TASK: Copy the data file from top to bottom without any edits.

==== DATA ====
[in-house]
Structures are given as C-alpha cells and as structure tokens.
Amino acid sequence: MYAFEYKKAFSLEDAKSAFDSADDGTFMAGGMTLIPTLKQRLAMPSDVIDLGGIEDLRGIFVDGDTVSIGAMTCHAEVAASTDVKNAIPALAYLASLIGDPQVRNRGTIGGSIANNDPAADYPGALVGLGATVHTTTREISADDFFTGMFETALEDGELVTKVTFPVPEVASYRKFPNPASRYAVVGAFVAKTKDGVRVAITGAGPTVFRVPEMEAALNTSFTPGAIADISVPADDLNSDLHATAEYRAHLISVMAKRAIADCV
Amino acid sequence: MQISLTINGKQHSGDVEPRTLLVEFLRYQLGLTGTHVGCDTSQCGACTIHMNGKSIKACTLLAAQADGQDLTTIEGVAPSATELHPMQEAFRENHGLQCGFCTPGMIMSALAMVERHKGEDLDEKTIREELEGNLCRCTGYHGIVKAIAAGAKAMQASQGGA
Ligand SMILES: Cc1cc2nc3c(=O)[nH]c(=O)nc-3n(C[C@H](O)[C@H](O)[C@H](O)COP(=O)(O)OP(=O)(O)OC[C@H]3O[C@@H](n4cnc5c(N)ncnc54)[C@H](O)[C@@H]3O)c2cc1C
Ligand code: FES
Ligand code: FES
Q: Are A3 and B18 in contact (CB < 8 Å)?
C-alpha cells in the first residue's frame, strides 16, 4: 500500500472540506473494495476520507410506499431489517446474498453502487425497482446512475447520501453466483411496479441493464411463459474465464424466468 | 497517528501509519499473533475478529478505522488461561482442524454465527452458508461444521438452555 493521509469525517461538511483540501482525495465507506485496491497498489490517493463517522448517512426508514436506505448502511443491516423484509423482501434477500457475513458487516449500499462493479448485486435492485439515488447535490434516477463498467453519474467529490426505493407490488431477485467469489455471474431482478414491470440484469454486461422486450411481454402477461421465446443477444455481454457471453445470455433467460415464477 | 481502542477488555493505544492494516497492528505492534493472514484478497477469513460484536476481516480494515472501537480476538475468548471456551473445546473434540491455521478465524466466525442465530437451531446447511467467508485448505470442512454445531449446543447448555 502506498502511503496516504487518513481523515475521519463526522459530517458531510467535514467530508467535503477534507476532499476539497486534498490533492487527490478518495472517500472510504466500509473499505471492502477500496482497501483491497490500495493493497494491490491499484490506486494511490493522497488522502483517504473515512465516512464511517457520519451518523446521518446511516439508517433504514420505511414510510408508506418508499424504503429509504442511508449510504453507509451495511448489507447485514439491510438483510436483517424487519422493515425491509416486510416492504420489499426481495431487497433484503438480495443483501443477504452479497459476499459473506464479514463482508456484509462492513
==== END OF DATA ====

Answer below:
[in-house]
Structures are given as C-alpha cells and as structure tokens.
Amino acid sequence: MYAFEYKKAFSLEDAKSAFDSADDGTFMAGGMTLIPTLKQRLAMPSDVIDLGGIEDLRGIFVDGDTVSIGAMTCHAEVAASTDVKNAIPALAYLASLIGDPQVRNRGTIGGSIANNDPAADYPGALVGLGATVHTTTREISADDFFTGMFETALEDGELVTKVTFPVPEVASYRKFPNPASRYAVVGAFVAKTKDGVRVAITGAGPTVFRVPEMEAALNTSFTPGAIADISVPADDLNSDLHATAEYRAHLISVMAKRAIADCV
Amino acid sequence: MQISLTINGKQHSGDVEPRTLLVEFLRYQLGLTGTHVGCDTSQCGACTIHMNGKSIKACTLLAAQADGQDLTTIEGVAPSATELHPMQEAFRENHGLQCGFCTPGMIMSALAMVERHKGEDLDEKTIREELEGNLCRCTGYHGIVKAIAAGAKAMQASQGGA
Ligand SMILES: Cc1cc2nc3c(=O)[nH]c(=O)nc-3n(C[C@H](O)[C@H](O)[C@H](O)COP(=O)(O)OP(=O)(O)OC[C@H]3O[C@@H](n4cnc5c(N)ncnc54)[C@H](O)[C@@H]3O)c2cc1C
Ligand code: FES
Ligand code: FES
Q: Are A3 and B18 in contact (CB < 8 Å)?
C-alpha cells in the first residue's frame, strides 16, 4: 500500500472540506473494495476520507410506499431489517446474498453502487425497482446512475447520501453466483411496479441493464411463459474465464424466468 | 497517528501509519499473533475478529478505522488461561482442524454465527452458508461444521438452555 493521509469525517461538511483540501482525495465507506485496491497498489490517493463517522448517512426508514436506505448502511443491516423484509423482501434477500457475513458487516449500499462493479448485486435492485439515488447535490434516477463498467453519474467529490426505493407490488431477485467469489455471474431482478414491470440484469454486461422486450411481454402477461421465446443477444455481454457471453445470455433467460415464477 | 481502542477488555493505544492494516497492528505492534493472514484478497477469513460484536476481516480494515472501537480476538475468548471456551473445546473434540491455521478465524466466525442465530437451531446447511467467508485448505470442512454445531449446543447448555 502506498502511503496516504487518513481523515475521519463526522459530517458531510467535514467530508467535503477534507476532499476539497486534498490533492487527490478518495472517500472510504466500509473499505471492502477500496482497501483491497490500495493493497494491490491499484490506486494511490493522497488522502483517504473515512465516512464511517457520519451518523446521518446511516439508517433504514420505511414510510408508506418508499424504503429509504442511508449510504453507509451495511448489507447485514439491510438483510436483517424487519422493515425491509416486510416492504420489499426481495431487497433484503438480495443483501443477504452479497459476499459473506464479514463482508456484509462492513